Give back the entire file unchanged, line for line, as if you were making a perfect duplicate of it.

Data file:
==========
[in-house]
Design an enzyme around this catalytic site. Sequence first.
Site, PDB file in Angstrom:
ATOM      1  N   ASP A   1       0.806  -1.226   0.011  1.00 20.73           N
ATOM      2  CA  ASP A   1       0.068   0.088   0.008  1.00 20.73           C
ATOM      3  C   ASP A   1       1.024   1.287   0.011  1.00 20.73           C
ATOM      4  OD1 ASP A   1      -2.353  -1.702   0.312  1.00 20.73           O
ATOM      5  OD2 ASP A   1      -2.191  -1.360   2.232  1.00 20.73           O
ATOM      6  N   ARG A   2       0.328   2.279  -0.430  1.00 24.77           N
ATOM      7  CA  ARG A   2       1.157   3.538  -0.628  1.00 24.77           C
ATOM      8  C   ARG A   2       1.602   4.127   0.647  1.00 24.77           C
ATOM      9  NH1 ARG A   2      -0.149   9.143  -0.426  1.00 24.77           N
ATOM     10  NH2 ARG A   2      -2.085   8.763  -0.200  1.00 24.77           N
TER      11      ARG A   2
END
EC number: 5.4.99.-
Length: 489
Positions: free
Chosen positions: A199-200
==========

[in-house]
Design an enzyme around this catalytic site. Sequence first.
Site, PDB file in Angstrom:
ATOM      1  N   ASP A   1       0.806  -1.226   0.011  1.00 20.73           N
ATOM      2  CA  ASP A   1       0.068   0.088   0.008  1.00 20.73           C
ATOM      3  C   ASP A   1       1.024   1.287   0.011  1.00 20.73           C
ATOM      4  OD1 ASP A   1      -2.353  -1.702   0.312  1.00 20.73           O
ATOM      5  OD2 ASP A   1      -2.191  -1.360   2.232  1.00 20.73           O
ATOM      6  N   ARG A   2       0.328   2.279  -0.430  1.00 24.77           N
ATOM      7  CA  ARG A   2       1.157   3.538  -0.628  1.00 24.77           C
ATOM      8  C   ARG A   2       1.602   4.127   0.647  1.00 24.77           C
ATOM      9  NH1 ARG A   2      -0.149   9.143  -0.426  1.00 24.77           N
ATOM     10  NH2 ARG A   2      -2.085   8.763  -0.200  1.00 24.77           N
TER      11      ARG A   2
END
EC number: 5.4.99.-
Length: 489
Positions: free
Chosen positions: A199-200